7. An orifice bushing to be punched into a well pipe in situ comprising a body portion, an outstanding flange at the rear end of said body, and an orifice extending thru the bushing body and flange which is small compared to the size of the bushing, the periphery of said body being tapered toward said flange so as to wedge itself in the opening punched in the pipe.

8. A tool for punching orific bushings into a pipe in a well bore comprising a. body, a wedge member carried thereby, means to actuate said wedge member, an orifice bushing adapted to punch a hole in the pipe and be forced into such hole, and means disposed against and operable by movement of said wedge member to force said bushing to punch the pipe.

9. In a tool for forcing orifice bushings into pipe in a well bore including a housing, an orifice bushing adapted to penetrate a pipe in a well, means in said housing supporting said bushing for movement laterally of the housing, and a wedge member in the housing to bear against said means and. force said bushing to punch into the pipe.

10. An orifice bushing for insertion in a pipe in situ in a well bore comprising a body of metal, a flow orifice therethrough which is small as compared to the diameter of the body, a forward end thereon to punch through the pipe, and a tapered area to wedge into the opening thus punched.

11. An orifice bushing for insertion in a pipe in situ in a Well bore comprising a body of metal, a flow orifice therethrough which is small as compared to the size of the bushing, a forward end thereon to punch through the pipe, and a tapered area to wedge into the opening thus punched, said metal comprising a hardened wear resistant material.

12. An orifice bushing insert tool to be lowered into a pipe in the Well bore including a body, a bushing therein, means to support the bushing, means including a tapered Wedge engaging said first means to move such first means laterally to punch the bushing into the pipe, and means to support the tool in an anchored position in the pipe for operation.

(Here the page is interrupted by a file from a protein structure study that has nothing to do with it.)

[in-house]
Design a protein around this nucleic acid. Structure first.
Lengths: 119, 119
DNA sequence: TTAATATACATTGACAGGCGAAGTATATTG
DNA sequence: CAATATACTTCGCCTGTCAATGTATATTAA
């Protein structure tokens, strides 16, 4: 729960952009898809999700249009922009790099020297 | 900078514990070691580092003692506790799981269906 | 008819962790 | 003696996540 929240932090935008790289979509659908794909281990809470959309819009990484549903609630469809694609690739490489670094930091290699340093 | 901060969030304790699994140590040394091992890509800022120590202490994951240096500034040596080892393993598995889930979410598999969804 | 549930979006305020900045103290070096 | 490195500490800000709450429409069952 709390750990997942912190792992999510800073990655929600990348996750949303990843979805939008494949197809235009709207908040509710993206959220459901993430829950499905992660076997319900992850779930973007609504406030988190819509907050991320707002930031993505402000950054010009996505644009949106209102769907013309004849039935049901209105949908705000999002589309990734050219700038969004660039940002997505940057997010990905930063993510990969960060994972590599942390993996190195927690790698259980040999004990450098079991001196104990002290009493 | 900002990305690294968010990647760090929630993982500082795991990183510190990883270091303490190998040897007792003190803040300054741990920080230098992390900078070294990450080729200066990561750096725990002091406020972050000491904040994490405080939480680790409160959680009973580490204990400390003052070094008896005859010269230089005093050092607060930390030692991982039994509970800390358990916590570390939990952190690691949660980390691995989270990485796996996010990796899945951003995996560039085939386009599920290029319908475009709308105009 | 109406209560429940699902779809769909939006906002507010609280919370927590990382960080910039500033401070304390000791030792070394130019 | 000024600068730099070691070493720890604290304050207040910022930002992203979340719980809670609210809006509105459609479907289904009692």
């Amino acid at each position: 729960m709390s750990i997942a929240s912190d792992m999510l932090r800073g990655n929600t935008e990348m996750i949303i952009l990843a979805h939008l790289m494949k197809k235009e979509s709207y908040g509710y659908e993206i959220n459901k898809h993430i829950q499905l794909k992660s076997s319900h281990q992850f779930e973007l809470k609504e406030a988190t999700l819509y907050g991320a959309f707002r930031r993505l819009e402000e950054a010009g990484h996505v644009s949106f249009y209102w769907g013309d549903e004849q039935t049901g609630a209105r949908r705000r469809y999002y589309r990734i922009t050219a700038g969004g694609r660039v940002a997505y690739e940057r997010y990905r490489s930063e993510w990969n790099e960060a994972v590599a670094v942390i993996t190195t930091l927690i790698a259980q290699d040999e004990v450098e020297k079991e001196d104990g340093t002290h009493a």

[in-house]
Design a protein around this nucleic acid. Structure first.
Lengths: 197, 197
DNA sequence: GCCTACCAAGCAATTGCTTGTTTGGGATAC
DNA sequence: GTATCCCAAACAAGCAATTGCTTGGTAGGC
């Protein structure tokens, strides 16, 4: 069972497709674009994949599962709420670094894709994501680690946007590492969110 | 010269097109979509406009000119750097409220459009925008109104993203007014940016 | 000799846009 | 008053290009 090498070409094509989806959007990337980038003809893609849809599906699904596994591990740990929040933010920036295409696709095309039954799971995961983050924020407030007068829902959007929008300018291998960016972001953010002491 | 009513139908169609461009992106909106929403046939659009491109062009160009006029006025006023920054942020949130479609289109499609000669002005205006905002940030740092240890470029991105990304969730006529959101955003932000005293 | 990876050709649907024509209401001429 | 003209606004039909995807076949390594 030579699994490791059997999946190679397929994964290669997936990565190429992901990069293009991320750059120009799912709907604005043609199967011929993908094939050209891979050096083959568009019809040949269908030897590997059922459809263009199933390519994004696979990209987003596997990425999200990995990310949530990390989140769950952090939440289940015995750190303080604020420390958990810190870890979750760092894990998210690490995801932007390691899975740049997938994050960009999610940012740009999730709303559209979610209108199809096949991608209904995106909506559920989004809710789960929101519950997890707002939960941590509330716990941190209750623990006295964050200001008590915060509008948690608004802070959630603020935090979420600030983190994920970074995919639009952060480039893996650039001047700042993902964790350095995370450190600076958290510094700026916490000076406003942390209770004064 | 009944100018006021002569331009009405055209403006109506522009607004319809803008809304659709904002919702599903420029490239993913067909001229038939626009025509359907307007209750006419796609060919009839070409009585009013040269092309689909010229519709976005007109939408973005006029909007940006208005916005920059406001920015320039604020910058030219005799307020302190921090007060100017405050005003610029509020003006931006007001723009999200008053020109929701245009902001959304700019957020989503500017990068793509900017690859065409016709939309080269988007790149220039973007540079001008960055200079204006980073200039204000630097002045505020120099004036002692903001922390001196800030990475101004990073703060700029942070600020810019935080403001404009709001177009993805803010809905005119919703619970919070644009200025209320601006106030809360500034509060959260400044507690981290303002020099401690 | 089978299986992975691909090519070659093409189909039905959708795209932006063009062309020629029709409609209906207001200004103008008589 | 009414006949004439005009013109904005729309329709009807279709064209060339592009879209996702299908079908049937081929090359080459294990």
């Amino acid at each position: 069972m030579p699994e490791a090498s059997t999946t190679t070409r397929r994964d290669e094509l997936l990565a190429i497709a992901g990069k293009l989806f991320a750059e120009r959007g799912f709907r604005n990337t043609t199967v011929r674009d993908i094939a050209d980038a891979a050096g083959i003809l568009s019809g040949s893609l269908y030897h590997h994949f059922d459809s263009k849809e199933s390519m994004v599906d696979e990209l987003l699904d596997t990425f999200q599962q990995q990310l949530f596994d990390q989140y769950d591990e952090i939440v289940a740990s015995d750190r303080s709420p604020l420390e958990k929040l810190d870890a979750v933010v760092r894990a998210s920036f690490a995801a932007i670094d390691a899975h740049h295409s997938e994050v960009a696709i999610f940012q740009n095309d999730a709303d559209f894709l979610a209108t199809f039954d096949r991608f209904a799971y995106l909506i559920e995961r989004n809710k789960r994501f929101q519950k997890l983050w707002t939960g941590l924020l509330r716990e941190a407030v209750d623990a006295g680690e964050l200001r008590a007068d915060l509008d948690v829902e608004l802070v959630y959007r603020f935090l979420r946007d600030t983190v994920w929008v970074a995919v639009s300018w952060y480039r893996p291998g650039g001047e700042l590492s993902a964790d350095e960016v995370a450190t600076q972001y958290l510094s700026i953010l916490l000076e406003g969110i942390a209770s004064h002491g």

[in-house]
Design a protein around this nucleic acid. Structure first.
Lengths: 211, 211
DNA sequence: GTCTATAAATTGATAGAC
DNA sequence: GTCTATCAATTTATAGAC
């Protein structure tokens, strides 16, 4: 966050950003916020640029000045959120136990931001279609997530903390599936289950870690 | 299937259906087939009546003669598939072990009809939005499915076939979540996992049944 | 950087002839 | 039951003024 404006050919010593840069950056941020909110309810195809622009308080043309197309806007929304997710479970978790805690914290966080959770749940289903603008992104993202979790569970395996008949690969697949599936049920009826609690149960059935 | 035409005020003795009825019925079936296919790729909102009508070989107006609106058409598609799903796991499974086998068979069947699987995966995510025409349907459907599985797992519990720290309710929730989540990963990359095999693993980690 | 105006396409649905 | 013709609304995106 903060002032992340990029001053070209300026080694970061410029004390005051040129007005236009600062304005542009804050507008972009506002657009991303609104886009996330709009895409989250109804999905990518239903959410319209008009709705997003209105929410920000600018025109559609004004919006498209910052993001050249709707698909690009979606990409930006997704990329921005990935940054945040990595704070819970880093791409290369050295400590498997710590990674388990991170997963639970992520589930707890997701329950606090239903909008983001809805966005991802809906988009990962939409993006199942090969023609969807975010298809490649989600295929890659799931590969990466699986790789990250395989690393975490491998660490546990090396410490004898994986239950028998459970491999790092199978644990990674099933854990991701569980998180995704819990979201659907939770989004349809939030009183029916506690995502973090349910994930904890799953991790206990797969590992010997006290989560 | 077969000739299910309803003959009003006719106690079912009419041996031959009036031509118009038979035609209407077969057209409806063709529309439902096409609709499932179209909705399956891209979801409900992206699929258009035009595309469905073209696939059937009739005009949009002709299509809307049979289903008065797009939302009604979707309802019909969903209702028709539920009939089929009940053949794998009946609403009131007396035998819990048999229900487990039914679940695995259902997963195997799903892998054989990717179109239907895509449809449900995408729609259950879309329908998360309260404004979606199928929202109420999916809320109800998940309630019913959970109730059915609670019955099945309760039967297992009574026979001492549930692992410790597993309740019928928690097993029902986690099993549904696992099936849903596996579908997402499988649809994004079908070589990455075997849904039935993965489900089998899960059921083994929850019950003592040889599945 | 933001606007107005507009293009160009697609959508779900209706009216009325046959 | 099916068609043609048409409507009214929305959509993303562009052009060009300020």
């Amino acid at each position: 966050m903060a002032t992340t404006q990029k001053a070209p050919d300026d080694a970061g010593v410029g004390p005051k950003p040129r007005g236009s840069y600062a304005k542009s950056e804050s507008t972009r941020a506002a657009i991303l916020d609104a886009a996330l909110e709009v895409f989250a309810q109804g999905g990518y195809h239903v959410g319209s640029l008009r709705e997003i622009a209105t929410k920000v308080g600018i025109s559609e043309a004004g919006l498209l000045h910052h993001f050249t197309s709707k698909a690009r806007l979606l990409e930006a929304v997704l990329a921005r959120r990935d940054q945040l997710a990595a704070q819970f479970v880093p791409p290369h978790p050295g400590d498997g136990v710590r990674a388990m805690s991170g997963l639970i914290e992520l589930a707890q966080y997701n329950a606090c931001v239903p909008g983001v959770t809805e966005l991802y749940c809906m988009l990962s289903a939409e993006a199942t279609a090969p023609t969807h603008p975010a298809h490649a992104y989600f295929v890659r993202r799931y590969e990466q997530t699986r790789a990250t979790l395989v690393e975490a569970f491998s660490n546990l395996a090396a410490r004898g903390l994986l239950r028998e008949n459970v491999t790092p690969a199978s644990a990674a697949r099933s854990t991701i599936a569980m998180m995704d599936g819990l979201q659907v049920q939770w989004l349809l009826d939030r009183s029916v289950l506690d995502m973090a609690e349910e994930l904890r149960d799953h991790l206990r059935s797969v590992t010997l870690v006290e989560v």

13. An orifice bushing insert tool to be lowered into a pipe in the well bore including a body, a bushing therein, means to support the bushing, means including a tapered wedge engaging said first means to move such first means laterally to punch the bushing into the pipe, and means to support the tool in an anchored position for operation, said last means including slips to set the tool in the pipe.

14. A gun perforator including a housing, an explosive actuated plunger therein, a bushing to be punched into a pipe in the well bore, and a carrier for said bushing which carrier is actuated by said plunger, said bushing being disposed at the front end of said carrier and of a hard Wear resistant material having an orifice therethrough of a known size whereby the size of the opening thus provided through the pipe is known, said bushing having a flange thereon to stop said lbushing within the pipe.

MYRON M. KINLEY.

REFERENCES CITED The following references are of record in the file of this patent:

UNITED STATES PATENTS Number Name Date 2,212,044 Ridley Aug. 20, 1940 895,733 Decker Aug. 11, 1908 1,976,776 Gookin Oct. 16, 1934 2,112,026 Jones Mar. 22, 1938 1,838,749 Dester Dec. 29, 1931 898,729 Davey 1 Sept. 15, 1908 2,186,323 Brown Jan. 9, 1940